First Sailfish on the “Fly” by Todd Staley
Photo above by Pat Ford
Published for The Tico Times
The angler stood on the veranda of Marina Pez Vela in Quepos, Costa Rica and looked at the vast sport fishing fleet in awe. A Colorado native and avid fly fisherman, he had never been on the ocean before. He was quite adept on his home waters, walking the bank or wading in streams, casting a dry fly to trout.
He had seen fishing shows on television and read many an article about anglers casting to and challenging big pointy nose fishes with a flimsy fly rod on a deep blue ocean. It became a dream of his. Then an obsession. It moved to the top of his bucket list. Finally, the day had come. He walked down the stairs at the marina to the boats and stepped aboard the Big Eye II.
Captain Franklin Araya shook his hand and confirmed the angler’s mission was to catch a sailfish on the fly.
“There are plenty of fish out there, but they are muy mañosa,” Araya said, explaining that the fish are lazy and finicky.
El Niño is the culprit — the weather phenomenon that makes every blue water fisherman in the Eastern Tropical Pacific cringe. The water temperature goes up, the fish don’t follow their normal patterns, and they become lethargic.
The Big Eye II idles out of the marina and Araya pushes the throttle forward. The angler from Colorado is paying attention to every detail. They pass green water, then emerald water. The water turns blue and they pass a large pod of pilot whales. Araya motors forward. Finally, the water turns a deep cobalt blue that boat captains like to see. Sailfish feed mainly by sight. The cleaner the water, the happier the sailfish. Deep blue means nutrient-rich, clean water.
Araya throttles down and begins trolling around 6 or 7 knots. For fly fishing, he prefers to pull four teasers, lures without hooks to entice sailfish to the surface. The Sailfish are fooled into thinking it is something they usually prey on, like a bonito, flying fish, or one of several other tasty species.
The theory behind fly fishing for sailfish is quite simple. The sailfish comes up chasing and slashing at the teaser. The mate reels in the teaser with the sailfish chasing behind, and at the last second jerks the teaser from the water. At the same moment, the captain is putting the boat in neutral and the angle is casting the fly. Only a short cast is necessary. The only option for the charged-up sailfish is the fly that was just presented and a hungry sail will almost always strike it. It is really a team effort. Floating flys with a popper head works best in Costa Rica. When asked for his top three-color choices Araya replied, “pink, pink and pink!”
Teaching people or taking folks to catch their first sailfish on the fly is a passion for Araya. He says first timers or novices are his best students, because they listen well to instruction. People with saltwater fly experience sometimes seem more set in their ways and don’t always take instruction well. Every ocean is different. What works in Florida might not work so well in Costa Rica, and vice-versa.
They had been trolling nearly three hours and passed at least a half dozen “floaters,” sailfish cruising the surface with either their tail fin or their whole sail above the surface. One or two came into the teasers, took a quick sniff and faded off. The fish were definitely lazy. Araya put out a couple “naked ballyhoo” in the spread of teasers. Natural baits which will give the fish a scent to follow or even a taste, but with no hook in the bait.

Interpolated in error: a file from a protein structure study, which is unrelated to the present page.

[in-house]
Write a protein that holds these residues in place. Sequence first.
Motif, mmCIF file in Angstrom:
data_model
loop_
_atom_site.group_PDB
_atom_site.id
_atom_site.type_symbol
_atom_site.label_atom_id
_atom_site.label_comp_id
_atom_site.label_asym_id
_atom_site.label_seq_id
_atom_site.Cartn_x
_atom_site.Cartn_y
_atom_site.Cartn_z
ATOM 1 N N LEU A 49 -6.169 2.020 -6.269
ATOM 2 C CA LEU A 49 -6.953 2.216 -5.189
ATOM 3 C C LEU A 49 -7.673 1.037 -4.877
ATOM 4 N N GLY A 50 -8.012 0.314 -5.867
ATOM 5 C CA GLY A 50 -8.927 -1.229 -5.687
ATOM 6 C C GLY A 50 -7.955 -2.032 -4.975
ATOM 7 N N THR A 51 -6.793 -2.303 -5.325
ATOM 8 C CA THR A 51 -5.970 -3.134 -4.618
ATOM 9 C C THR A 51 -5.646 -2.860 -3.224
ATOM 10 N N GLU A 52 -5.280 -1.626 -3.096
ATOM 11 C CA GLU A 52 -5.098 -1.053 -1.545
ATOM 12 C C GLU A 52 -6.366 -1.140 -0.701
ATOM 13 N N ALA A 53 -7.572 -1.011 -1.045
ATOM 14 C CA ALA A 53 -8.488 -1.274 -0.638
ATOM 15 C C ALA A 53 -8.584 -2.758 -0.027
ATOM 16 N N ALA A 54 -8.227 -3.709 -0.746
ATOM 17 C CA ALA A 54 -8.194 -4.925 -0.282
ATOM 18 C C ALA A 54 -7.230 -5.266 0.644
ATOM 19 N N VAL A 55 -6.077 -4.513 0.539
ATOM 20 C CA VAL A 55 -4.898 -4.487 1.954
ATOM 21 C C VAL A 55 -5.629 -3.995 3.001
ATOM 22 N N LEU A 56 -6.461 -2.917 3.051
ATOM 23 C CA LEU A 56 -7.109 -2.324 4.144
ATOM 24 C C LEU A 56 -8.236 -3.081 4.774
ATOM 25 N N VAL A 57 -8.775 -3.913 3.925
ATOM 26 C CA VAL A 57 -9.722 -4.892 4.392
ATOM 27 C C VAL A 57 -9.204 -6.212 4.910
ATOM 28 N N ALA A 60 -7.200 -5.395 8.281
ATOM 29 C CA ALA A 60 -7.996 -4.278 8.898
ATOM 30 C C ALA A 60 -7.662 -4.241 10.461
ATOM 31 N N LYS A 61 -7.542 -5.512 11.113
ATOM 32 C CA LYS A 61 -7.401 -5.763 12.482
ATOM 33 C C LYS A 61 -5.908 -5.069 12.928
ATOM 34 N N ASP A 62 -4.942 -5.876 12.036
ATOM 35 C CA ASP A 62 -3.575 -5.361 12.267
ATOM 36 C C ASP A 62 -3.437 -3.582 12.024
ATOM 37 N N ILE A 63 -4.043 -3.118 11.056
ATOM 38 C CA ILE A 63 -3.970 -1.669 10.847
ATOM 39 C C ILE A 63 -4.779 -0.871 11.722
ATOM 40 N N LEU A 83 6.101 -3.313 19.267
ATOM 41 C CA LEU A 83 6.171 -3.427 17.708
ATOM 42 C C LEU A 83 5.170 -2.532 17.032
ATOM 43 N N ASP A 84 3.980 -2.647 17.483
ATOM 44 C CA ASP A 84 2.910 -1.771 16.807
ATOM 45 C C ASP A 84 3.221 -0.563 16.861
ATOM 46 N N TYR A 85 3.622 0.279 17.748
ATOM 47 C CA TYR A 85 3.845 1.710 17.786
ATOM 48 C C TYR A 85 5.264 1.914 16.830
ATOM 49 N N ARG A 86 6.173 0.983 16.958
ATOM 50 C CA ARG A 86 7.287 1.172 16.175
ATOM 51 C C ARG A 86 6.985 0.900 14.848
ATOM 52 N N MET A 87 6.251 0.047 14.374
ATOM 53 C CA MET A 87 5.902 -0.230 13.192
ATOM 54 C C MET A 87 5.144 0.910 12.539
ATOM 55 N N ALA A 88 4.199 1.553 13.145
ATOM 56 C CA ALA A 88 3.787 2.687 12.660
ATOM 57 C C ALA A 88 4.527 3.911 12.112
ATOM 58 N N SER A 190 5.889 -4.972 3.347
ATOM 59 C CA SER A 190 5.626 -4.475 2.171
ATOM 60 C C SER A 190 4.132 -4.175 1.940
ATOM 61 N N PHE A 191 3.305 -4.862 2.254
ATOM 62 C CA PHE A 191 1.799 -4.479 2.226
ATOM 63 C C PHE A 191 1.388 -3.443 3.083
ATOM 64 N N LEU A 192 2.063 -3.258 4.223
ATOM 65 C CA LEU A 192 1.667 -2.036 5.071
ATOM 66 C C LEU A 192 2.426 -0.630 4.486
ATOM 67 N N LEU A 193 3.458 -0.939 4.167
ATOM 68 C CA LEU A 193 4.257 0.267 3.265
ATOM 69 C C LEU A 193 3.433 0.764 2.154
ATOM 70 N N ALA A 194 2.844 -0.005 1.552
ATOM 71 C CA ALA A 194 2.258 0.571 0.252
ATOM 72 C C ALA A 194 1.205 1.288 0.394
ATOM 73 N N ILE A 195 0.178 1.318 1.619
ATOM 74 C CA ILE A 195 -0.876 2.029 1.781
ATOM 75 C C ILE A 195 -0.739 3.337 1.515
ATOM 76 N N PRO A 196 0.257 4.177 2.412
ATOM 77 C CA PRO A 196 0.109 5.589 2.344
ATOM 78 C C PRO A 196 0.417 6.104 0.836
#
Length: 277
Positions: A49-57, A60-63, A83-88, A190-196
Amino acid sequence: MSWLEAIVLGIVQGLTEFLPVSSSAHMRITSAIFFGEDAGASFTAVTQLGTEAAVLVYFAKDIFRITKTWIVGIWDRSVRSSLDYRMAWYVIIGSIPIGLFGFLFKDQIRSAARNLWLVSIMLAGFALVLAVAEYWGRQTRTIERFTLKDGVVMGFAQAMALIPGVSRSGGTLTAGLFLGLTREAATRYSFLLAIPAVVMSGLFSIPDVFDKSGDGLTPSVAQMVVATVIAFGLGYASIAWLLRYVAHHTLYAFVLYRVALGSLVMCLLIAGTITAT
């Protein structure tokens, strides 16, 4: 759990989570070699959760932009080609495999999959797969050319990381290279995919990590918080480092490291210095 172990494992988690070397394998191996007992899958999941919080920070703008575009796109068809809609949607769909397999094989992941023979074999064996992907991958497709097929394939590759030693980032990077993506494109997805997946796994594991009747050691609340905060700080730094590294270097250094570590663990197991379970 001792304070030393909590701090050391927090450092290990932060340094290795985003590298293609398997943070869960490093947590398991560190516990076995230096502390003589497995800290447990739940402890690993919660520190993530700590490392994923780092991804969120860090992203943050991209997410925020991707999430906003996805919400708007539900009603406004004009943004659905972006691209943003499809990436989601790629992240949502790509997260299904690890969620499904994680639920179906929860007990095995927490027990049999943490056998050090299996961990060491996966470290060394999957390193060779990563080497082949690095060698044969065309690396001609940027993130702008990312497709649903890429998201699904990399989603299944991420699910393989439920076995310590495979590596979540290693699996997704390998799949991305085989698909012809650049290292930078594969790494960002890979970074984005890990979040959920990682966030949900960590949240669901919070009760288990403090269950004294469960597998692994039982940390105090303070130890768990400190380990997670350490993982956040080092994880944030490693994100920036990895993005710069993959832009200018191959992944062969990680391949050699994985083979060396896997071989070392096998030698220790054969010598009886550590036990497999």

Shortly, a sailfish showed up in the spread of teasers that was ready to play. It smacked the left long teaser, then charged into the short, the closest teaser to the boat. It was lit up like Christmas in a purple hue, and Araya knew with this fish it was game on.
Araya dropped the boat into neutral and hollered down to the Colorado angler to cast. In all the excitement, he remembered the captain’s instructions. “Fish it just like you would with your dry fly. When the line comes tight strike him, and hang on.” He made his cast. It was picture-perfect after that. The sail hit the fly going away, and the line immediately went tight. He struck hard. Line screamed off his reel, and the reel handle slammed into his knuckles hard for a painful initiation of hooking one of the fastest fish in the ocean.
He recovered nicely, and 150 yards of line screamed off the reel while the sail did a fast-forward ballet across the surface before it slowed. The rest was simple angling knowledge. You don’t beat a big fish with strength; you beat it with finesse. It pulls left, you pull right; it pulls right, you pull left. When it runs, you rest. When it stops, you work.
He had the fish boat-side in around twenty minutes, an amazing time for a first sail on the fly. They gently released it. He even managed a second before the day was over, sin busted knuckles.
It might be months before someone can wipe the smile off his face.
The last thing he said to Franklin as he left the boat was, “see you next year — I think I am ready to try a marlin!”
Capt. Franklin Araya is willing to answer any of your questions about fly fishing in Costa Rica. On a busman holiday, he travels over to the Caribbean side of the country to tangle with tarpon on a fly. He can be reached at 8379-1702.
Todd Staley has run fishing sport operations on both coasts of Costa Rica for over 25 years. He recently decided to take some time off to devote full-time to marine conservation and is the communications director at FECOP. Contact him at email@example.com.
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